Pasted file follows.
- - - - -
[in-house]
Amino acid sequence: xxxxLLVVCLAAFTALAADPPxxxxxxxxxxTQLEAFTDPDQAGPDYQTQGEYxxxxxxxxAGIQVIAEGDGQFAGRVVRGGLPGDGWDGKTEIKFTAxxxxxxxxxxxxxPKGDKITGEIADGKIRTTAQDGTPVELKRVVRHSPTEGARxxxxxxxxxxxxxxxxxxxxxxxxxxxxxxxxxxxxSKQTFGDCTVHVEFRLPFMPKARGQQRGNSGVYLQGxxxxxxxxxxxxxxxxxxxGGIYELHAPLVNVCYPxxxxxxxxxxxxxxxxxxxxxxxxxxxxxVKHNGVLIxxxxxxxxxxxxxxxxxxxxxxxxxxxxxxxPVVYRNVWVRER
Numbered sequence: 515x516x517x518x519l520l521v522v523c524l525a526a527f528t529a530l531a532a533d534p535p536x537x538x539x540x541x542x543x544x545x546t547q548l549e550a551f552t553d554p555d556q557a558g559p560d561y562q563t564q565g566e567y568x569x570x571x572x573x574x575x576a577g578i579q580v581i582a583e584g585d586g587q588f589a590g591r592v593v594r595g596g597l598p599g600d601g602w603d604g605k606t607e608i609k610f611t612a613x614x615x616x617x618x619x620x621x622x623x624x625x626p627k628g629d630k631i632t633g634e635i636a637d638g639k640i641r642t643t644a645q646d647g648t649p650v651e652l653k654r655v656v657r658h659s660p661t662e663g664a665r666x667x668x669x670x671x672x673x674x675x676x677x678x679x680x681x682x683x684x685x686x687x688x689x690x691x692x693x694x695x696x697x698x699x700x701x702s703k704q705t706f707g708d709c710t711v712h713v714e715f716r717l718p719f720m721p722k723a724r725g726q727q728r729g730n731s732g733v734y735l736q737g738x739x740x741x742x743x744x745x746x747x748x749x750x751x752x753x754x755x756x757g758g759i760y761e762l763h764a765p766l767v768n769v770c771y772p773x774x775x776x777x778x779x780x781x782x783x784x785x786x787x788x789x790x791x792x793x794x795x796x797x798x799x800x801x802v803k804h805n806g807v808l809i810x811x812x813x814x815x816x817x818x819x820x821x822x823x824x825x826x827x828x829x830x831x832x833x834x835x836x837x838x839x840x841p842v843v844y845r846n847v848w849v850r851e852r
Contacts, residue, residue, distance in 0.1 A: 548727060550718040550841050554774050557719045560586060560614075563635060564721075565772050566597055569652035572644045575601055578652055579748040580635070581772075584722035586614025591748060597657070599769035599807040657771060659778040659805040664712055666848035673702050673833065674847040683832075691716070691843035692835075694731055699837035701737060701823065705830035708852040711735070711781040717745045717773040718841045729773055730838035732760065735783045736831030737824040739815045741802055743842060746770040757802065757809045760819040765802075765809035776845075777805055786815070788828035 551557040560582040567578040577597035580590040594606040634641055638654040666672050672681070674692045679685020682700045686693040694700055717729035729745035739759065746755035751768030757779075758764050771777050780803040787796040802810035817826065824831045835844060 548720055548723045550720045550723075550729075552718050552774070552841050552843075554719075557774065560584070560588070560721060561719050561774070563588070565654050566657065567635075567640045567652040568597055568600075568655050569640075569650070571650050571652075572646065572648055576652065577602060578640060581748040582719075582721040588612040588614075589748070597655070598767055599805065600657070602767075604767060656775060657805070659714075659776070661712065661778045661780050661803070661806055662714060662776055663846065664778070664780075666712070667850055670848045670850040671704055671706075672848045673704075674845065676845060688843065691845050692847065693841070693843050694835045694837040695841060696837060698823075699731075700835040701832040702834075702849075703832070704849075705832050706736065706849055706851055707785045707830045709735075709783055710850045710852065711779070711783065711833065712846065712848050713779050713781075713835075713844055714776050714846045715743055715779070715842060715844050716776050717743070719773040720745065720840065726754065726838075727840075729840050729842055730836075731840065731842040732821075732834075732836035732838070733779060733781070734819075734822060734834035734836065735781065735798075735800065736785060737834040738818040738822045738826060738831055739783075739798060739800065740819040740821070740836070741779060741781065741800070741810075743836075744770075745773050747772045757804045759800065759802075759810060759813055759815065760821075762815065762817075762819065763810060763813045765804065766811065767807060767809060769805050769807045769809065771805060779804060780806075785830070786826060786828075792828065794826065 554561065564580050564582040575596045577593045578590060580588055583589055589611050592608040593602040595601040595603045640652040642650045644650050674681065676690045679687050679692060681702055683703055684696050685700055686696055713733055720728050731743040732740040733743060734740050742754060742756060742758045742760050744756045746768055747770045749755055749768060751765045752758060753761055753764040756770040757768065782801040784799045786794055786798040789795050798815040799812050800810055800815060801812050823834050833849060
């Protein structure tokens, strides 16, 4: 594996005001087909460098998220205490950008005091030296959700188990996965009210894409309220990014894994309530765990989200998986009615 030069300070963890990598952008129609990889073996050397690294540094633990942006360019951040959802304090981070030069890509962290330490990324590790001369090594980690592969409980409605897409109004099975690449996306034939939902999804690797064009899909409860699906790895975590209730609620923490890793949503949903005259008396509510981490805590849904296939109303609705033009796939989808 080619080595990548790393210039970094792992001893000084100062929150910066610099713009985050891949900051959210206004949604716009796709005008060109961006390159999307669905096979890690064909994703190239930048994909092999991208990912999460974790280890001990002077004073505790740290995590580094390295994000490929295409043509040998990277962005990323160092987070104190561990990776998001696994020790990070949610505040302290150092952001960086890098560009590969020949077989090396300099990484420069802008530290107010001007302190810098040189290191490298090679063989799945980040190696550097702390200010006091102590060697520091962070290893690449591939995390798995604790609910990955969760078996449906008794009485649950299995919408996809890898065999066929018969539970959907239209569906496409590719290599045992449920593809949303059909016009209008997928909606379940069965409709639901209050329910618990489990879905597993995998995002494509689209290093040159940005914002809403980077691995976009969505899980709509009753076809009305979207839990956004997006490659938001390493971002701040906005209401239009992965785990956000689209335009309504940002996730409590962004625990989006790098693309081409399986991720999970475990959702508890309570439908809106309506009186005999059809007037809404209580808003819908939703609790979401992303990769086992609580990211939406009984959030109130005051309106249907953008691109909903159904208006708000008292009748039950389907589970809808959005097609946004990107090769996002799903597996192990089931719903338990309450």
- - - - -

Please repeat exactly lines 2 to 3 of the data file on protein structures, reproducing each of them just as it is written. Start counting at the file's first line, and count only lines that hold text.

Amino acid sequence: xxxxLLVVCLAAFTALAADPPxxxxxxxxxxTQLEAFTDPDQAGPDYQTQGEYxxxxxxxxAGIQVIAEGDGQFAGRVVRGGLPGDGWDGKTEIKFTAxxxxxxxxxxxxxPKGDKITGEIADGKIRTTAQDGTPVELKRVVRHSPTEGARxxxxxxxxxxxxxxxxxxxxxxxxxxxxxxxxxxxxSKQTFGDCTVHVEFRLPFMPKARGQQRGNSGVYLQGxxxxxxxxxxxxxxxxxxxGGIYELHAPLVNVCYPxxxxxxxxxxxxxxxxxxxxxxxxxxxxxVKHNGVLIxxxxxxxxxxxxxxxxxxxxxxxxxxxxxxxPVVYRNVWVRER
Numbered sequence: 515x516x517x518x519l520l521v522v523c524l525a526a527f528t529a530l531a532a533d534p535p536x537x538x539x540x541x542x543x544x545x546t547q548l549e550a551f552t553d554p555d556q557a558g559p560d561y562q563t564q565g566e567y568x569x570x571x572x573x574x575x576a577g578i579q580v581i582a583e584g585d586g587q588f589a590g591r592v593v594r595g596g597l598p599g600d601g602w603d604g605k606t607e608i609k610f611t612a613x614x615x616x617x618x619x620x621x622x623x624x625x626p627k628g629d630k631i632t633g634e635i636a637d638g639k640i641r642t643t644a645q646d647g648t649p650v651e652l653k654r655v656v657r658h659s660p661t662e663g664a665r666x667x668x669x670x671x672x673x674x675x676x677x678x679x680x681x682x683x684x685x686x687x688x689x690x691x692x693x694x695x696x697x698x699x700x701x702s703k704q705t706f707g708d709c710t711v712h713v714e715f716r717l718p719f720m721p722k723a724r725g726q727q728r729g730n731s732g733v734y735l736q737g738x739x740x741x742x743x744x745x746x747x748x749x750x751x752x753x754x755x756x757g758g759i760y761e762l763h764a765p766l767v768n769v770c771y772p773x774x775x776x777x778x779x780x781x782x783x784x785x786x787x788x789x790x791x792x793x794x795x796x797x798x799x800x801x802v803k804h805n806g807v808l809i810x811x812x813x814x815x816x817x818x819x820x821x822x823x824x825x826x827x828x829x830x831x832x833x834x835x836x837x838x839x840x841p842v843v844y845r846n847v848w849v850r851e852r